Minimize effects on a species

You must immediately:

  • avoid effects to woodland caribou (during feeding, migration, reproduction, rearing)
  • take reasonable steps to avoid work that could affect other species during its reproduction, rearing and hibernation seasons
  • avoid work in areas that are used or have been used in the past 3 years for hibernation, reproduction and rearing
  • give the species adequate time to leave the area, before starting work
  • take steps to protect or relocate plants
  • get advice/help before you move it
  • take reasonable steps to restore habitat if feasible
  • create or enhance habitat in the same area, before work finishes

Mitigation plans

Mitigation plans must include the best available information on a species.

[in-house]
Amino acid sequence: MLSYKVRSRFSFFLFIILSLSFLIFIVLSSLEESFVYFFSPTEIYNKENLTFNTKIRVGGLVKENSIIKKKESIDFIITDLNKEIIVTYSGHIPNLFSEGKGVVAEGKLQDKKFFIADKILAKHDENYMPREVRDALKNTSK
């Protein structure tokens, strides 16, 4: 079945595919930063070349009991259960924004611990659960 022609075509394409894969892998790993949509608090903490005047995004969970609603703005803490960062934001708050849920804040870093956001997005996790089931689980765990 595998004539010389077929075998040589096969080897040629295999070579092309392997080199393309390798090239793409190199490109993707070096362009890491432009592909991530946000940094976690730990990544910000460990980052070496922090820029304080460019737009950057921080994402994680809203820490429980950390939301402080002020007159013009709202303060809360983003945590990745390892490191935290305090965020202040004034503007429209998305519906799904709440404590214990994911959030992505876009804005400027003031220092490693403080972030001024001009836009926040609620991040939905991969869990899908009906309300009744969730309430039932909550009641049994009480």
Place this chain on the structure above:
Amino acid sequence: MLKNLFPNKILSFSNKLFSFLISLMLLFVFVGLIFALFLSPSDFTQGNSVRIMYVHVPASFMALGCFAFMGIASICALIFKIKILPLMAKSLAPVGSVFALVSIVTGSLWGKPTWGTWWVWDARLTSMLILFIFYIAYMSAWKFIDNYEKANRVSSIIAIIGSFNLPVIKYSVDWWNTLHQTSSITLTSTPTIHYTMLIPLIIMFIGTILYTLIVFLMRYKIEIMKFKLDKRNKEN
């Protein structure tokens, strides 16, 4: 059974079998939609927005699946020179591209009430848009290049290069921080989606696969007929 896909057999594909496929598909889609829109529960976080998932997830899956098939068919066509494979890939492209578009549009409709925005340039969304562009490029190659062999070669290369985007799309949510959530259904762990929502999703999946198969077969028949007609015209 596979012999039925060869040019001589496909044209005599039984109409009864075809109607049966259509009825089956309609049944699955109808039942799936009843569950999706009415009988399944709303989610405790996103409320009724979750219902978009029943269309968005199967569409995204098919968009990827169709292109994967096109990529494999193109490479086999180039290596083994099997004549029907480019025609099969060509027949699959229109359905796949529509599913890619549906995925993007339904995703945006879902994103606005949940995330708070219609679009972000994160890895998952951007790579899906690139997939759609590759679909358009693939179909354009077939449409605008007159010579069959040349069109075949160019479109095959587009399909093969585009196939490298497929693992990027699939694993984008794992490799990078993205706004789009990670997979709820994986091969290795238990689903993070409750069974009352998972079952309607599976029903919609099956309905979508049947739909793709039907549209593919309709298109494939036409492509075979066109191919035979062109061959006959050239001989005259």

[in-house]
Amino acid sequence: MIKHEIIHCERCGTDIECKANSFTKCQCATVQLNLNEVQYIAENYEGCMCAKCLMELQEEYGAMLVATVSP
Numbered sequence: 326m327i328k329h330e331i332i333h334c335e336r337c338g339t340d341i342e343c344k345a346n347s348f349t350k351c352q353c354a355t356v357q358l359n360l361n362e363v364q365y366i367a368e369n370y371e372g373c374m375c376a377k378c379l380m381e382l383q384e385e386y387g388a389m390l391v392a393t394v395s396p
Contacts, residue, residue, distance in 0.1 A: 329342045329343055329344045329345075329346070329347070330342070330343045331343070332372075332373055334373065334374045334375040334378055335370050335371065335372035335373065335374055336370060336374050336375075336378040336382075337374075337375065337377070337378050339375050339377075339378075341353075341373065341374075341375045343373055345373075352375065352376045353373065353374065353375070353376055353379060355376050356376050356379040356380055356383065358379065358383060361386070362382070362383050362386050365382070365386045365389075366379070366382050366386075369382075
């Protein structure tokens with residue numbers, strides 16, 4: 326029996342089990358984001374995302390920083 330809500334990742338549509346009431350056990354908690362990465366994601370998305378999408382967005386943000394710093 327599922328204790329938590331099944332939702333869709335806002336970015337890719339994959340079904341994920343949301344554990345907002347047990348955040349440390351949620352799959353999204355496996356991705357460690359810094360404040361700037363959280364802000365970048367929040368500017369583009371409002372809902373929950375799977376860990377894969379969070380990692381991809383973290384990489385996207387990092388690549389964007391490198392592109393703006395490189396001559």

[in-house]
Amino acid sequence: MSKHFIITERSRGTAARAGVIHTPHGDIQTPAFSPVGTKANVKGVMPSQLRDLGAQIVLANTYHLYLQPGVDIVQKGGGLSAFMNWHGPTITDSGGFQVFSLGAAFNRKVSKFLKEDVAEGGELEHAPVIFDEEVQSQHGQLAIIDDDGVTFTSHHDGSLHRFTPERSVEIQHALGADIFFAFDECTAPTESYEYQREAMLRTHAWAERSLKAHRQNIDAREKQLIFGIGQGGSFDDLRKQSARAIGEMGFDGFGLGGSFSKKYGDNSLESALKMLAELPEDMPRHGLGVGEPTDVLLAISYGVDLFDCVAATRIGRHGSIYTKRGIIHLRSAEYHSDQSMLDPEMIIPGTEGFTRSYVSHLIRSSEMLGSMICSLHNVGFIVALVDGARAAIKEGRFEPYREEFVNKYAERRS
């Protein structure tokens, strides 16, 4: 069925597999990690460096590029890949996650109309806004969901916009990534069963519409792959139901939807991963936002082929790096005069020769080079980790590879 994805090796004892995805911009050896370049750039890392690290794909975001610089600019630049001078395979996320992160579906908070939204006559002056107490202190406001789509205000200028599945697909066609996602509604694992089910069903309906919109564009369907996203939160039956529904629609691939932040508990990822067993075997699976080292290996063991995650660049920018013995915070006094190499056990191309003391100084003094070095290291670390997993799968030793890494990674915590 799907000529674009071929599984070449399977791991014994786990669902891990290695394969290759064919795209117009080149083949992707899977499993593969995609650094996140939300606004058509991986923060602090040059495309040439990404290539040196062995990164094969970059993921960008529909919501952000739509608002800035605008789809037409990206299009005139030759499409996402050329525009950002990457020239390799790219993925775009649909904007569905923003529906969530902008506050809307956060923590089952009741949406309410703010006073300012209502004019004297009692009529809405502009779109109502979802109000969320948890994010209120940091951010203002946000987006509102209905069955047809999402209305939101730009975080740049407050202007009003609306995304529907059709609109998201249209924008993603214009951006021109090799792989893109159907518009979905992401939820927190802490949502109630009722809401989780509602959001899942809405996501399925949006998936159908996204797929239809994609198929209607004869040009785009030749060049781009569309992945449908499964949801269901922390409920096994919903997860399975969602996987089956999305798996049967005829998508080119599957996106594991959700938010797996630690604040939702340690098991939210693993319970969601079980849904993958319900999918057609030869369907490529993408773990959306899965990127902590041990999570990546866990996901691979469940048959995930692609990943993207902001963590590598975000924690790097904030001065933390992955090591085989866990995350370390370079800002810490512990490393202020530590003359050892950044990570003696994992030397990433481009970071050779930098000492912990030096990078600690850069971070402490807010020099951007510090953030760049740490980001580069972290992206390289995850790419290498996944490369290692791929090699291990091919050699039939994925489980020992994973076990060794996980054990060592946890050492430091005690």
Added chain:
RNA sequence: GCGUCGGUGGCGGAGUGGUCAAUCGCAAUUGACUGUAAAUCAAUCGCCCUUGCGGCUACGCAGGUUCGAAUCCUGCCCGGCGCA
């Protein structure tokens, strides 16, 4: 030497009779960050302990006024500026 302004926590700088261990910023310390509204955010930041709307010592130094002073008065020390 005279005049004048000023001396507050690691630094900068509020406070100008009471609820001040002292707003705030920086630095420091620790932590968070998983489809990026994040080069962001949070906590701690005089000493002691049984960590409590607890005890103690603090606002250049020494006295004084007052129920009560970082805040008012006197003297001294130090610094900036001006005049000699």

You can get this information from:

  • The Ministry of Natural Resources and Forestry
  • Aboriginal traditional knowledge
  • community knowledge (e.g. local nature clubs)

A plan must:

  • be prepared by an expert on the species
  • describe a timeline for all stages of the work (including start and end dates)
  • provide a map with the location (scale no greater than 1:20 000)
  • describe the effect of work on species and their habitat
  • say how, when and where you will minimize effects on the species
  • outline how you plan to monitor the steps you took and how effective they were

Deadlines for plans

In most cases, you must complete your plan before exploration affects a species or habitat.

You must complete the plan:

  • within 3 years of the date the species first appeared on site
  • within two years from the date the species was listed for those species listed on or after January 24, 2013.

Updates to mitigation plans

Before an exploration plan ends or a permit expires, you need to update your mitigation plan if work will continue.

You must keep plans for 5 years — and give a copy to the Ministry of Natural Resources and Forestry, if asked.